Officials cut ribbon on new entrance to Flushing Meadows
by Samantha Galvez-Montiel
Aug 05, 2020 | 2451 views | 0 0 comments | 93 93 recommendations | email to a friend | print
Pictured from left to right is Community Board 4 district manager Christian Cassagnol, Jim Boyle, Queens Borough Commissioner Michael Dockett, Flushing Meadows Corona Park administrator Janice Melnick, Councilman Francisco Moya, Parks Commissioner Mitchell Silver, landscape architect Adrianne Weremchuk, Queens Zoo director Mike Allen, and Flushing Meadows Corona Park Conservancy president Jean Silva.
Pictured from left to right is Community Board 4 district manager Christian Cassagnol, Jim Boyle, Queens Borough Commissioner Michael Dockett, Flushing Meadows Corona Park administrator Janice Melnick, Councilman Francisco Moya, Parks Commissioner Mitchell Silver, landscape architect Adrianne Weremchuk, Queens Zoo director Mike Allen, and Flushing Meadows Corona Park Conservancy president Jean Silva.
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Visitors to Flushing Meadows Corona Park will now have a more inviting entrance.

The redesign of the Henry Hudson entrance is part of the Parks Without Borders project, which is reimagining park entrances and adjacent spaces at parks across the city to make them more welcoming and open to the public.

“Part of Parks Without Borders is to make accessibility to the park easier,” said Parks Commissioner Mitcell Silver at a ribbon-cutting ceremony on July 29. “Now people will know this is a major entrance.”

The $4.5 million project included reconstruction of the central entrance plaza at 56th Avenue and 111th Street in Corona, which leads visitors to the park’s iconic Unisphere and Queens Zoo, which reopened to the public on July 20.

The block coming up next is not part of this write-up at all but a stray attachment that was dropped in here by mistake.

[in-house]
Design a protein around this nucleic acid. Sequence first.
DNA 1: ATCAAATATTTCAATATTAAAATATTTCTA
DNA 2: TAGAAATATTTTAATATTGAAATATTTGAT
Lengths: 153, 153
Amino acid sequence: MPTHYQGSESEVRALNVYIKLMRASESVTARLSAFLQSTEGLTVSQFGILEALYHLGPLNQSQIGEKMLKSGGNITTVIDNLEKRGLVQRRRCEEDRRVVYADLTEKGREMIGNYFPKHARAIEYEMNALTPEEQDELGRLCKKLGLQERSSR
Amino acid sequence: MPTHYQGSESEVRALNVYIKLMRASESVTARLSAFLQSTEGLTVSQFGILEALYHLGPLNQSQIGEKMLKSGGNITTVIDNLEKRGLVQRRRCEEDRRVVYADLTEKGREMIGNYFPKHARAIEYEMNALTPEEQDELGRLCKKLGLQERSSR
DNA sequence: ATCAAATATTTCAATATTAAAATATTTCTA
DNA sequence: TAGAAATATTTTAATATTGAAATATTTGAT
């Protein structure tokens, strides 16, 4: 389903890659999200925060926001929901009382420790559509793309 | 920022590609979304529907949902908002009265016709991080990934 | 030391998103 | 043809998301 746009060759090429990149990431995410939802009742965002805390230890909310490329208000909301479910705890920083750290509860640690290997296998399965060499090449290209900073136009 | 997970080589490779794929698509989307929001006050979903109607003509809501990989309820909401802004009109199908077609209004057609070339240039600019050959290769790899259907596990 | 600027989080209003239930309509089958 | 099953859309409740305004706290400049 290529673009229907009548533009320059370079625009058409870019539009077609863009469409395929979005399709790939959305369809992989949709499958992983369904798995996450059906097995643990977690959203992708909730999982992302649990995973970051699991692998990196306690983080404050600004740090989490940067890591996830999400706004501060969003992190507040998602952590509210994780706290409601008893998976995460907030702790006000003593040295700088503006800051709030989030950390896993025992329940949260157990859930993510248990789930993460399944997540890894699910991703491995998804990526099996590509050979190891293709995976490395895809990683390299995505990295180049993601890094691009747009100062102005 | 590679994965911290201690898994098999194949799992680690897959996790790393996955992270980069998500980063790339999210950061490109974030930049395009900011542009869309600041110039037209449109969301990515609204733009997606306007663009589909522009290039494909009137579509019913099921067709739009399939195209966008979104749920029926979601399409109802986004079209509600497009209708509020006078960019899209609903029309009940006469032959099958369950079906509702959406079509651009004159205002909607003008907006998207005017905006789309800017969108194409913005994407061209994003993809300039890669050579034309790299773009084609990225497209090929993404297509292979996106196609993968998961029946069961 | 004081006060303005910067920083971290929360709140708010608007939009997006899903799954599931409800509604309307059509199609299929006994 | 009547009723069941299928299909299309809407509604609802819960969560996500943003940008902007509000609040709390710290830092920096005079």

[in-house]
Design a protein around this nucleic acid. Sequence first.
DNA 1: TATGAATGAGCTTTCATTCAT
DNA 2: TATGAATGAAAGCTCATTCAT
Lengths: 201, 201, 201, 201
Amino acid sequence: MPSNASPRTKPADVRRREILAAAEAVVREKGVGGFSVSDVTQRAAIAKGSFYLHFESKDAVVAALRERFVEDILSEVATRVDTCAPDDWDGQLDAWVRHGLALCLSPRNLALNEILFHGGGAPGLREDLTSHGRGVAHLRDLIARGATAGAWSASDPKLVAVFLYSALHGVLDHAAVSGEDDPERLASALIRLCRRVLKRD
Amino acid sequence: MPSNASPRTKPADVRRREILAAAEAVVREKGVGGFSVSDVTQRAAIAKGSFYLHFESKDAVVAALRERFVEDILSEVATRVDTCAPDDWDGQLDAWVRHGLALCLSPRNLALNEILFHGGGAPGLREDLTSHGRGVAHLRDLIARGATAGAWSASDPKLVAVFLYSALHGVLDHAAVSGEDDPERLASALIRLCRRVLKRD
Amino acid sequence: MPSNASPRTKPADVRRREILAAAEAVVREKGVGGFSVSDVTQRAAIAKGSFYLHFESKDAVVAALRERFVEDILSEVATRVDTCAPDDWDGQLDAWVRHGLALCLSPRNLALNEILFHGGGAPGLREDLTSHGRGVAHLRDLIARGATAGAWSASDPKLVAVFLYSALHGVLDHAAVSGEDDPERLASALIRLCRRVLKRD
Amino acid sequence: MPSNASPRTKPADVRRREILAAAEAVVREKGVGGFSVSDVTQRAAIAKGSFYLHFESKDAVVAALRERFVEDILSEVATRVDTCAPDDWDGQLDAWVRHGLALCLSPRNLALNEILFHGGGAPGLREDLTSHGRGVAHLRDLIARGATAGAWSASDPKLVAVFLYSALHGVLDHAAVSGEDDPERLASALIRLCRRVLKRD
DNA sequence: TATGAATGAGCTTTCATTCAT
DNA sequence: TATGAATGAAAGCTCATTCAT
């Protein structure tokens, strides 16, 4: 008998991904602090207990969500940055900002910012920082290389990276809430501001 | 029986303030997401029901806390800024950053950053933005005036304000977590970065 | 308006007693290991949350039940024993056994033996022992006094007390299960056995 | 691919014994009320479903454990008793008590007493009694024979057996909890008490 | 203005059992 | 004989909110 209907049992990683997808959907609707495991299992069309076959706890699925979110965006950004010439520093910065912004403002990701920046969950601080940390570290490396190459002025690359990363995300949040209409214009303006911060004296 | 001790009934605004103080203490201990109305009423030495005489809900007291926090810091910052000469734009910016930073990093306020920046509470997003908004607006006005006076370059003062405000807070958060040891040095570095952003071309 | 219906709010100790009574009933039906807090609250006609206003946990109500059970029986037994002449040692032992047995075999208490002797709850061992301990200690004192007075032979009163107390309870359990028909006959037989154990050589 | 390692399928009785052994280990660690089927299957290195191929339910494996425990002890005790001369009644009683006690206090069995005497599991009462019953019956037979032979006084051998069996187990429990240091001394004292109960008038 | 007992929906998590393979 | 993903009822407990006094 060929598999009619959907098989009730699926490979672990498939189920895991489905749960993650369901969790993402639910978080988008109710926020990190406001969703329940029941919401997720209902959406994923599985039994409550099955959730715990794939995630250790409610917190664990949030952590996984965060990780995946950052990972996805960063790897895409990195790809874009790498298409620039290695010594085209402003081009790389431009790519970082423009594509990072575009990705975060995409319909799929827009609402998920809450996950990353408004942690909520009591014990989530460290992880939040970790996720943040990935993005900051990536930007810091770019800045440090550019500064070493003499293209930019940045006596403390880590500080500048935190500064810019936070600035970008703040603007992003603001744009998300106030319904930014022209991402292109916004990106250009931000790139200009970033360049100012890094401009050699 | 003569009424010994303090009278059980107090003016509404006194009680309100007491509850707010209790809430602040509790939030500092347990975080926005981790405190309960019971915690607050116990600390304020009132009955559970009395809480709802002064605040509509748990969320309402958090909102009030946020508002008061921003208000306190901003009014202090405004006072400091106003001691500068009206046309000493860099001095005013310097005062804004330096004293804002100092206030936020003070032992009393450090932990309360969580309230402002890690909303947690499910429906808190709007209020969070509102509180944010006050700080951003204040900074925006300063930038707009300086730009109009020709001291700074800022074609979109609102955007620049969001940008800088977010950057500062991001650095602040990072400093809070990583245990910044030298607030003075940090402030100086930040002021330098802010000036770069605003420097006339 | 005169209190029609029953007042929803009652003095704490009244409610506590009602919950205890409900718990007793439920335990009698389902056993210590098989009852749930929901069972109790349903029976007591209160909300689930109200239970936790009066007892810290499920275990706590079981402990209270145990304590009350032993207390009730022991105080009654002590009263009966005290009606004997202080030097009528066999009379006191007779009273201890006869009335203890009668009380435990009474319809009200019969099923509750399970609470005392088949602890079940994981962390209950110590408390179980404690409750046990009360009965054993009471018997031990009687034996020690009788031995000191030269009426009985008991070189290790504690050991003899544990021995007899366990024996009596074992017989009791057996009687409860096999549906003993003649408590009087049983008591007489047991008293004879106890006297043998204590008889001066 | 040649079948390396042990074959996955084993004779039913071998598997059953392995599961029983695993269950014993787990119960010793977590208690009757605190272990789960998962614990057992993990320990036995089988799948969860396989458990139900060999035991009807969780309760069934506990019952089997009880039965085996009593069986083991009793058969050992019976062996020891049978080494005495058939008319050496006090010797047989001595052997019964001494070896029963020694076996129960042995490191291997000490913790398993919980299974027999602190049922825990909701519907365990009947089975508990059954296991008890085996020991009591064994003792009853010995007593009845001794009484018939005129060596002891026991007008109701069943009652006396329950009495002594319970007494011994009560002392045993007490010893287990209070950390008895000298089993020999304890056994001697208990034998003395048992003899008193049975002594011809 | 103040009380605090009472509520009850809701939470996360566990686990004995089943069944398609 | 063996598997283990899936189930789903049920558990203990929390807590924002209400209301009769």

“This will be a safer entrance to the zoo for school trips and students to safely enter the park,” said zoo director Mike Allen.

The entrance now boasts redesigned walkways, new sidewalks, wider pedestrian routes, and enhanced landscaping.

An important focus of the redesign was to make it easier for mothers with strollers and people with disabilities to safely enter the park.

“Having ADA accessibility was very important so now it's an easy way to get into the park,” Silver said. “It has a prominent entrance, when before you didn’t even know that the entrance was here. It was very subtle.”

Flushing Meadows Corona Park is one of eight Parks Without Borders projects chosen through a community-nomination process.

The other projects are located in Fort Greene Park and Prospect Park in Brooklyn; Van Cortlandt Park and Hugh Grant Circle/Virginia Park and Playground in the Bronx; Jackie Robinson Park and Seward Park in Manhattan; and Faber Park in Staten Island.

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